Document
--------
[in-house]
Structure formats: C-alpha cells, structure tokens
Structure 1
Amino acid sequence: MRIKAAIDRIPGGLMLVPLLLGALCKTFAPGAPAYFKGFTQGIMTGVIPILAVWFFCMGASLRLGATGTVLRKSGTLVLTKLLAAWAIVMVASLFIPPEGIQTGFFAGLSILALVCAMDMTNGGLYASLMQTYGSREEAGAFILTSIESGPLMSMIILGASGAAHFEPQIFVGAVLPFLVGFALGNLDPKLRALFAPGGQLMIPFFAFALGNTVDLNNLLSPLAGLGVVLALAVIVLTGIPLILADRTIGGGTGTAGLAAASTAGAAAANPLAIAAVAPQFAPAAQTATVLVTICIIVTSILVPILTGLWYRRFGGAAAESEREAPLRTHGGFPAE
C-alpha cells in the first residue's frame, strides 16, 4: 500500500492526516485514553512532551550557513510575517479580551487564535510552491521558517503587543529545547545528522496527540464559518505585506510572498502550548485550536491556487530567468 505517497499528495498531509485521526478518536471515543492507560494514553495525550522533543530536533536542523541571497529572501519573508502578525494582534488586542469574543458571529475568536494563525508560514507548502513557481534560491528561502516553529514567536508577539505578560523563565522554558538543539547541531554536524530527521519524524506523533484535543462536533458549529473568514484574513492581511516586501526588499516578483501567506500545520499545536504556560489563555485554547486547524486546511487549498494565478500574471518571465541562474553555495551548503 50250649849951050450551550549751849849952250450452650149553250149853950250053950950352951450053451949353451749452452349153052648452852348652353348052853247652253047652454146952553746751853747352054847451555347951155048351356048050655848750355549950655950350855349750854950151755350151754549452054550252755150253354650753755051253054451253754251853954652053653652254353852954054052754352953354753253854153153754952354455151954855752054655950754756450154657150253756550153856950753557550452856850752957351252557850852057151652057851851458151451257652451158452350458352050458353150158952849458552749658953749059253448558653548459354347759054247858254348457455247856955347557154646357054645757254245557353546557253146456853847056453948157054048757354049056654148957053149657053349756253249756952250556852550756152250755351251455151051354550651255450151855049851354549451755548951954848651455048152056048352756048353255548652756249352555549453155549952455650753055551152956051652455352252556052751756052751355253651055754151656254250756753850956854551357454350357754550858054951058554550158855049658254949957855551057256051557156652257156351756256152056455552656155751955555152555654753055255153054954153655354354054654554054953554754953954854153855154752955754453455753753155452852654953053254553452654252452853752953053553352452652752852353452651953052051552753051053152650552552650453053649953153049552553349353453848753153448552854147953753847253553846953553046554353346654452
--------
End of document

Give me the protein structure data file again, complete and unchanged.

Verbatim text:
[in-house]
Structure formats: C-alpha cells, structure tokens
Structure 1
Amino acid sequence: MRIKAAIDRIPGGLMLVPLLLGALCKTFAPGAPAYFKGFTQGIMTGVIPILAVWFFCMGASLRLGATGTVLRKSGTLVLTKLLAAWAIVMVASLFIPPEGIQTGFFAGLSILALVCAMDMTNGGLYASLMQTYGSREEAGAFILTSIESGPLMSMIILGASGAAHFEPQIFVGAVLPFLVGFALGNLDPKLRALFAPGGQLMIPFFAFALGNTVDLNNLLSPLAGLGVVLALAVIVLTGIPLILADRTIGGGTGTAGLAAASTAGAAAANPLAIAAVAPQFAPAAQTATVLVTICIIVTSILVPILTGLWYRRFGGAAAESEREAPLRTHGGFPAE
C-alpha cells in the first residue's frame, strides 16, 4: 500500500492526516485514553512532551550557513510575517479580551487564535510552491521558517503587543529545547545528522496527540464559518505585506510572498502550548485550536491556487530567468 505517497499528495498531509485521526478518536471515543492507560494514553495525550522533543530536533536542523541571497529572501519573508502578525494582534488586542469574543458571529475568536494563525508560514507548502513557481534560491528561502516553529514567536508577539505578560523563565522554558538543539547541531554536524530527521519524524506523533484535543462536533458549529473568514484574513492581511516586501526588499516578483501567506500545520499545536504556560489563555485554547486547524486546511487549498494565478500574471518571465541562474553555495551548503 50250649849951050450551550549751849849952250450452650149553250149853950250053950950352951450053451949353451749452452349153052648452852348652353348052853247652253047652454146952553746751853747352054847451555347951155048351356048050655848750355549950655950350855349750854950151755350151754549452054550252755150253354650753755051253054451253754251853954652053653652254353852954054052754352953354753253854153153754952354455151954855752054655950754756450154657150253756550153856950753557550452856850752957351252557850852057151652057851851458151451257652451158452350458352050458353150158952849458552749658953749059253448558653548459354347759054247858254348457455247856955347557154646357054645757254245557353546557253146456853847056453948157054048757354049056654148957053149657053349756253249756952250556852550756152250755351251455151051354550651255450151855049851354549451755548951954848651455048152056048352756048353255548652756249352555549453155549952455650753055551152956051652455352252556052751756052751355253651055754151656254250756753850956854551357454350357754550858054951058554550158855049658254949957855551057256051557156652257156351756256152056455552656155751955555152555654753055255153054954153655354354054654554054953554754953954854153855154752955754453455753753155452852654953053254553452654252452853752953053553352452652752852353452651953052051552753051053152650552552650453053649953153049552553349353453848753153448552854147953753847253553846953553046554353346654452